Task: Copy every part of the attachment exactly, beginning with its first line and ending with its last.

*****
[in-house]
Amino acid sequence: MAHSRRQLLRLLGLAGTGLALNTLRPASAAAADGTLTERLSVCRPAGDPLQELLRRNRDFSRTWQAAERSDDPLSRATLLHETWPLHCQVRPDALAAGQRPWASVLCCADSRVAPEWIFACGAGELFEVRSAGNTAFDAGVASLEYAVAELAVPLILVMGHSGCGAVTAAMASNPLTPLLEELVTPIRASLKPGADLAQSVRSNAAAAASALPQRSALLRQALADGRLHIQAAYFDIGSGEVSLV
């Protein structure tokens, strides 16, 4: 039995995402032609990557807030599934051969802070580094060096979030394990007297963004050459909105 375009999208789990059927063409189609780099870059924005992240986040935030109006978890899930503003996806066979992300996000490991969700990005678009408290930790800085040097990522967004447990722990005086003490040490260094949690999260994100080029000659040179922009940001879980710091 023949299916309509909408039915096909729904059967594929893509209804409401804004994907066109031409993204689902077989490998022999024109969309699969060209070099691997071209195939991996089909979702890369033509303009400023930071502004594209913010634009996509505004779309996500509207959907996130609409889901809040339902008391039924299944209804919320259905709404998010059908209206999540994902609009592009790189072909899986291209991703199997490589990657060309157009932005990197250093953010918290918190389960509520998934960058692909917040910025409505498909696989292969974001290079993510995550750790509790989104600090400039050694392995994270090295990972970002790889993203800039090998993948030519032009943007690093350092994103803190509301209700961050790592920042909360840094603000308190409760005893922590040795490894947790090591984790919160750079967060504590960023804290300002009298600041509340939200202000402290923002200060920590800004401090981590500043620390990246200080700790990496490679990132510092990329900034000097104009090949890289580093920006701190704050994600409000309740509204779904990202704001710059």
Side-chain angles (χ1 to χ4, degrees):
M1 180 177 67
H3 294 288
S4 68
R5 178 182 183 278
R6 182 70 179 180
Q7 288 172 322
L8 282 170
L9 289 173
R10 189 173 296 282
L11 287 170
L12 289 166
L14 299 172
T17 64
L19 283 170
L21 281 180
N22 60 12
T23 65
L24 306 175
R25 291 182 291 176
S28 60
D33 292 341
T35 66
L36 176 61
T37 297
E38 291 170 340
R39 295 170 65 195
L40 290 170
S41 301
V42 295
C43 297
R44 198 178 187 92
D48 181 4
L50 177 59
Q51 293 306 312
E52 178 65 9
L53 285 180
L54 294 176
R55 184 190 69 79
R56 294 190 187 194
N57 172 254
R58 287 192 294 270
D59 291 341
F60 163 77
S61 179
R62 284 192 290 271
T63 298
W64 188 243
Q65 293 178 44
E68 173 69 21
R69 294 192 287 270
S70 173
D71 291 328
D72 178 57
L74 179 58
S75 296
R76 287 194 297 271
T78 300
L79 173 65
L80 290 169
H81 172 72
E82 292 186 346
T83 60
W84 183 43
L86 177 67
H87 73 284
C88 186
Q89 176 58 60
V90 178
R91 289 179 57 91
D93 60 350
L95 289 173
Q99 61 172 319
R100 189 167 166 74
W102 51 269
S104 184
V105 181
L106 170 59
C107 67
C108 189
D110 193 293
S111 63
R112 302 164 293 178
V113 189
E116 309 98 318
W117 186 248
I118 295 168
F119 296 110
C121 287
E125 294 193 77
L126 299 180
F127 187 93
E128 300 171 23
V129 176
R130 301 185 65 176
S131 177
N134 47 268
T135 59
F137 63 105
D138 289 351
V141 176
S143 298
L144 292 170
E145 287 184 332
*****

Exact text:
[in-house]
Amino acid sequence: MAHSRRQLLRLLGLAGTGLALNTLRPASAAAADGTLTERLSVCRPAGDPLQELLRRNRDFSRTWQAAERSDDPLSRATLLHETWPLHCQVRPDALAAGQRPWASVLCCADSRVAPEWIFACGAGELFEVRSAGNTAFDAGVASLEYAVAELAVPLILVMGHSGCGAVTAAMASNPLTPLLEELVTPIRASLKPGADLAQSVRSNAAAAASALPQRSALLRQALADGRLHIQAAYFDIGSGEVSLV
């Protein structure tokens, strides 16, 4: 039995995402032609990557807030599934051969802070580094060096979030394990007297963004050459909105 375009999208789990059927063409189609780099870059924005992240986040935030109006978890899930503003996806066979992300996000490991969700990005678009408290930790800085040097990522967004447990722990005086003490040490260094949690999260994100080029000659040179922009940001879980710091 023949299916309509909408039915096909729904059967594929893509209804409401804004994907066109031409993204689902077989490998022999024109969309699969060209070099691997071209195939991996089909979702890369033509303009400023930071502004594209913010634009996509505004779309996500509207959907996130609409889901809040339902008391039924299944209804919320259905709404998010059908209206999540994902609009592009790189072909899986291209991703199997490589990657060309157009932005990197250093953010918290918190389960509520998934960058692909917040910025409505498909696989292969974001290079993510995550750790509790989104600090400039050694392995994270090295990972970002790889993203800039090998993948030519032009943007690093350092994103803190509301209700961050790592920042909360840094603000308190409760005893922590040795490894947790090591984790919160750079967060504590960023804290300002009298600041509340939200202000402290923002200060920590800004401090981590500043620390990246200080700790990496490679990132510092990329900034000097104009090949890289580093920006701190704050994600409000309740509204779904990202704001710059």
Side-chain angles (χ1 to χ4, degrees):
M1 180 177 67
H3 294 288
S4 68
R5 178 182 183 278
R6 182 70 179 180
Q7 288 172 322
L8 282 170
L9 289 173
R10 189 173 296 282
L11 287 170
L12 289 166
L14 299 172
T17 64
L19 283 170
L21 281 180
N22 60 12
T23 65
L24 306 175
R25 291 182 291 176
S28 60
D33 292 341
T35 66
L36 176 61
T37 297
E38 291 170 340
R39 295 170 65 195
L40 290 170
S41 301
V42 295
C43 297
R44 198 178 187 92
D48 181 4
L50 177 59
Q51 293 306 312
E52 178 65 9
L53 285 180
L54 294 176
R55 184 190 69 79
R56 294 190 187 194
N57 172 254
R58 287 192 294 270
D59 291 341
F60 163 77
S61 179
R62 284 192 290 271
T63 298
W64 188 243
Q65 293 178 44
E68 173 69 21
R69 294 192 287 270
S70 173
D71 291 328
D72 178 57
L74 179 58
S75 296
R76 287 194 297 271
T78 300
L79 173 65
L80 290 169
H81 172 72
E82 292 186 346
T83 60
W84 183 43
L86 177 67
H87 73 284
C88 186
Q89 176 58 60
V90 178
R91 289 179 57 91
D93 60 350
L95 289 173
Q99 61 172 319
R100 189 167 166 74
W102 51 269
S104 184
V105 181
L106 170 59
C107 67
C108 189
D110 193 293
S111 63
R112 302 164 293 178
V113 189
E116 309 98 318
W117 186 248
I118 295 168
F119 296 110
C121 287
E125 294 193 77
L126 299 180
F127 187 93
E128 300 171 23
V129 176
R130 301 185 65 176
S131 177
N134 47 268
T135 59
F137 63 105
D138 289 351
V141 176
S143 298
L144 292 170
E145 287 184 332